Steve Kyle and I met fishing guide Hogan Brown last Sunday morning at a boat ramp on the Sacramento River a little south and west of Chico. The weed-choked channel and overgrown, tree-shrouded banks looked more like Louisiana than Northern California.
A few hundred yards down the bayou, several rusty old boats with antique outboard motors were bobbing next to a floating dock that looked vintage 1930s.
Up on the bank was what I thought to be an old barn and chicken coop until I saw patio umbrellas and realized that it was a restaurant – Scotty’s Landing – apparently a favorite hangout for locals and river regulars seeking a cold beer and hot fries. Hogan said it was an excellent place to spot pretty young women in bikinis.
Of course, Steve and I were more interested in fishing, so we declined to stop at Scotty’s.
Other scenes along the bank brought memories of the movie, “Deliverance.”
Once we entered the main channel of the Sacramento, we encountered a dense flotilla of small boats with anglers fishing for king salmon.
After slowly putt-putting our way through the boats, Hogan stepped on the gas and we motored downstream several miles to waters he considered better for the fish we were hunting – striped bass.
Most of us think that striped bass are saltwater fish. They are, but they also thrive in freshwater far upstream in rivers such as the Sacramento.
Hogan had rigged some hearty 9-wt. fly rods with sinking lines and large, heavy, big-eyed streamer flies that looked like those Steve and I use in Baja to catch dorado.
Throwing those flies took effort and good timing.
The weight of the fly caused it to drop down below the loop of the line during the back cast so the fly zoomed by at head, shoulder and sometimes butt level on the forward cast. An inadvertent turn of the wrist and it could whack you in the head, shoulder blades or where the sun doesn’t shine.
I wasn’t keeping score, but Steve and I managed to hit most of those spots during our day’s fishing. We each also got Hogan several times.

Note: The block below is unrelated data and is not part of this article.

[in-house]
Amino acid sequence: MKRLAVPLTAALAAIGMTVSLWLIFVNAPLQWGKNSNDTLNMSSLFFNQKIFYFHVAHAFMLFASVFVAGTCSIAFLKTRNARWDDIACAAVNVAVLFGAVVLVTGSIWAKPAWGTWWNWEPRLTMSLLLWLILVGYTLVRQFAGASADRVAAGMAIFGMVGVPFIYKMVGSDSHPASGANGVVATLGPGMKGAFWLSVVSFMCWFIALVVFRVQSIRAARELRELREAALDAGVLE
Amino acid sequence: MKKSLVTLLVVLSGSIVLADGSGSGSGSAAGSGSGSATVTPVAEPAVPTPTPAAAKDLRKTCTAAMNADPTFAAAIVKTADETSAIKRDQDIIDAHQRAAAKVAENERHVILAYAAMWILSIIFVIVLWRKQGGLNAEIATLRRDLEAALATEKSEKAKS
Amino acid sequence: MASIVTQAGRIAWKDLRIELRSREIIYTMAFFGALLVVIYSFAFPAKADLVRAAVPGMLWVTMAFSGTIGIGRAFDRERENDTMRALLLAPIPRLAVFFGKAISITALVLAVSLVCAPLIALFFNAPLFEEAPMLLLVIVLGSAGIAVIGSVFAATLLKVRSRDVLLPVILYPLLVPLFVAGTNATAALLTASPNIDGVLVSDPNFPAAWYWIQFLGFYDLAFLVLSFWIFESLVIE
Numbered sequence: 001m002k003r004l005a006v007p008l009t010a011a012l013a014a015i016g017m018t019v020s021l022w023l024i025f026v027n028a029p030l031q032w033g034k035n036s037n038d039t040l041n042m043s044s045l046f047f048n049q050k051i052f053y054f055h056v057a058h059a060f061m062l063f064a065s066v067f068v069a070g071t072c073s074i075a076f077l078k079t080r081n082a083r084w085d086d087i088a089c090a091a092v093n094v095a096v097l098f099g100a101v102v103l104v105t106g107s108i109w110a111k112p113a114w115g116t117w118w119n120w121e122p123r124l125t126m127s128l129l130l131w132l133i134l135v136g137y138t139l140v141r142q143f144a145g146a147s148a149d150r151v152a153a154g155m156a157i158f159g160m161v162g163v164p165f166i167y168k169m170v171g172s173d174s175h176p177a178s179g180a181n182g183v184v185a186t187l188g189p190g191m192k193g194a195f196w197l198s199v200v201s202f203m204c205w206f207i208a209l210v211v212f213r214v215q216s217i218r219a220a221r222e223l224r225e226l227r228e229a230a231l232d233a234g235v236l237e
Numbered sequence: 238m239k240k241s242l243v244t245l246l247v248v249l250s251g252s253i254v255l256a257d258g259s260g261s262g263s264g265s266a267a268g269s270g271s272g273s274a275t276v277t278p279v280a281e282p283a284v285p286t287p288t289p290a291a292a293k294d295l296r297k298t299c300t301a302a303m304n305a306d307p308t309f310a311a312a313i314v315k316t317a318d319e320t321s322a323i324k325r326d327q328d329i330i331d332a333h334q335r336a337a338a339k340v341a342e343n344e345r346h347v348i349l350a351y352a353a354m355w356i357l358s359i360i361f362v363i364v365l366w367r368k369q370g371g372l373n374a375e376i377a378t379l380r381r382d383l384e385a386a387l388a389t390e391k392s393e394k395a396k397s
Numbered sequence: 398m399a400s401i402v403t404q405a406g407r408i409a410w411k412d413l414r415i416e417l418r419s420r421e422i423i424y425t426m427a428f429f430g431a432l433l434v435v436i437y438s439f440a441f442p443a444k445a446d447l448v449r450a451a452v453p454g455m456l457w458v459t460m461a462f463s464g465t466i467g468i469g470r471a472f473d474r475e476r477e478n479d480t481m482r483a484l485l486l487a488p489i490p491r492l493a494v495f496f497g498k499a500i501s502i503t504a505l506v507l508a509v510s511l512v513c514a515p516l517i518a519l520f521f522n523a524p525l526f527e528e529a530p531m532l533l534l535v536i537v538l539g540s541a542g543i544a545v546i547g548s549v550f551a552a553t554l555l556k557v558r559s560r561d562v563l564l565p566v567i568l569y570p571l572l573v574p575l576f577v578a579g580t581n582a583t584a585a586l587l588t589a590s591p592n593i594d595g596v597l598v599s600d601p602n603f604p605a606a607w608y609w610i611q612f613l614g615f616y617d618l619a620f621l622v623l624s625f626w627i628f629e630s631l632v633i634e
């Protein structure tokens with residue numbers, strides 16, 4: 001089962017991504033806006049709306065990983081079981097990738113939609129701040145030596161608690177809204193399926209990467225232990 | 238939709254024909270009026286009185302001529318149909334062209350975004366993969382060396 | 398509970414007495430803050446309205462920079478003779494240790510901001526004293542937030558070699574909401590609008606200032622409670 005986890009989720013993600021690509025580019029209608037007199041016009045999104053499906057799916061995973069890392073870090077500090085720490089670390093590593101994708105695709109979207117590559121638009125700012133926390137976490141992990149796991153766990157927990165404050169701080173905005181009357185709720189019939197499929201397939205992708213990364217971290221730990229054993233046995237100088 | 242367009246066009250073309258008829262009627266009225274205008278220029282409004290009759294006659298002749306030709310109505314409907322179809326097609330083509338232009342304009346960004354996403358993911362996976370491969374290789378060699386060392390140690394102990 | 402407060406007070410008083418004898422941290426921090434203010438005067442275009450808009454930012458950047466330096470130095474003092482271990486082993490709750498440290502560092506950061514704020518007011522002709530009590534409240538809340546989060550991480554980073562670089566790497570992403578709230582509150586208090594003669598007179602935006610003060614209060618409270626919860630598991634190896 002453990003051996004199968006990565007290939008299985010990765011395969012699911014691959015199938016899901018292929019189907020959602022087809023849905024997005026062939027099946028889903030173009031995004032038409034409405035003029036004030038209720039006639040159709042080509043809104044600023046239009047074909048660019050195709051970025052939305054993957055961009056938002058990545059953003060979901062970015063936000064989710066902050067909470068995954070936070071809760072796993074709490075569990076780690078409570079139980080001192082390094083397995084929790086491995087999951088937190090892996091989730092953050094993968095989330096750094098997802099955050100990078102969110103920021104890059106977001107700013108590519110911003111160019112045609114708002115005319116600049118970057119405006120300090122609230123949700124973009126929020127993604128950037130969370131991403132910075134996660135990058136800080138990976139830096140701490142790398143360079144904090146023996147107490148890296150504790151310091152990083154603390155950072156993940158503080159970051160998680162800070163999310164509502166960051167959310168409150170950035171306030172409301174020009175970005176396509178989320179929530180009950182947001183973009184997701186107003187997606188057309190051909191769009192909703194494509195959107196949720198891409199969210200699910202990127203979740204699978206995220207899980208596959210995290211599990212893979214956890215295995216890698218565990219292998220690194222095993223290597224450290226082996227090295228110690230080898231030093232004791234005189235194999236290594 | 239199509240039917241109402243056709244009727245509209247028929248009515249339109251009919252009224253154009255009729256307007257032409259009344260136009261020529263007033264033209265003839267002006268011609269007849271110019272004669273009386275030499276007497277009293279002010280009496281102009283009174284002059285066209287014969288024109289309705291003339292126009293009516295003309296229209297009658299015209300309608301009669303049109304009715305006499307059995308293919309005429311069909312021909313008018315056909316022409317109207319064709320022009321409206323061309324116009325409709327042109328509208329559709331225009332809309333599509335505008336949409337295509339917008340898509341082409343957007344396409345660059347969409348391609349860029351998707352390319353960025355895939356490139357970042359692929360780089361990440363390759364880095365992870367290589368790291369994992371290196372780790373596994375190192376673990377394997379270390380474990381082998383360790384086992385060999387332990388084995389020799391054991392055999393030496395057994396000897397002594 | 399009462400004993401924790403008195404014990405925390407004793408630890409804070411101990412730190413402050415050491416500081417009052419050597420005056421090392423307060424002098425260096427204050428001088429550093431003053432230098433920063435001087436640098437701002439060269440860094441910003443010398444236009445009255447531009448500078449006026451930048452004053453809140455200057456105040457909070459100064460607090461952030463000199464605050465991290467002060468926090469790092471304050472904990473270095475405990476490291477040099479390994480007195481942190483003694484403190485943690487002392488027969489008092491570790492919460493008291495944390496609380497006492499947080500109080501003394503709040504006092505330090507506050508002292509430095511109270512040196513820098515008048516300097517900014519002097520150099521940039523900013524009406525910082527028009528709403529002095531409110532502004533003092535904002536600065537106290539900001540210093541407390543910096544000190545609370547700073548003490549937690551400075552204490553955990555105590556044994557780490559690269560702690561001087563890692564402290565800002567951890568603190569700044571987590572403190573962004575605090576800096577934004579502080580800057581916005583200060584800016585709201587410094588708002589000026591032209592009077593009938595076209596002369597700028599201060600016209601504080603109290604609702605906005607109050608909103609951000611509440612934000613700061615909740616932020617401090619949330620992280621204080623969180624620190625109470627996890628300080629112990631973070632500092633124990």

The fishing was interesting, the catching infrequent. We both landed a few small bass, but Steve also caught two bruisers, one close to 15 pounds. I was not as lucky.
As the day worn on, it got hotter (near 100 degrees), and my arm grew weary from casting. By 3 p.m., both of us decided that we had enough.
Our return past Scotty’s was more interesting than in the morning because there were actually lots of pretty girls in bikinis, some floating along the narrow channel in inner tubes. They waved. My arm was so tired from casting I couldn’t even manage a wave back.
Hogan, who is also a high school history teacher and baseball coach, is an excellent guide and knows the Sac, Feather and Yuba rivers. His email address is firstname.lastname@example.org. You can also checkout his blog, http://hgbflyfishing.blogspot.com.
Matt Sevenau and son, Satchel, had a good float with guide Mike Hibbard on the Lower Sacramento River many miles upstream from Steve and me.
According to Satchel (their mathematician), they hooked 44 trout and brought 27 to the net. Most were 14-to-18 inches with a few even bigger, including Satchel’s 20-inch beauty.
Nick Weeks caught some big trout last weekend in the West Carson River.
Closer to home, salmon fishing off the Sonoma coast was hot on Tuesday when Capt. Rick Powers, of Bodega Bay Sportfishing, was mooching with a light load of 10 anglers. They hooked 25 fish and landed 16 up to 30 pounds.
Fishing in San Francisco Bay continues to be hit and miss primarily due to high winds. When it is calm, angler are finding striped bass and halibut in enough numbers to keep things interesting.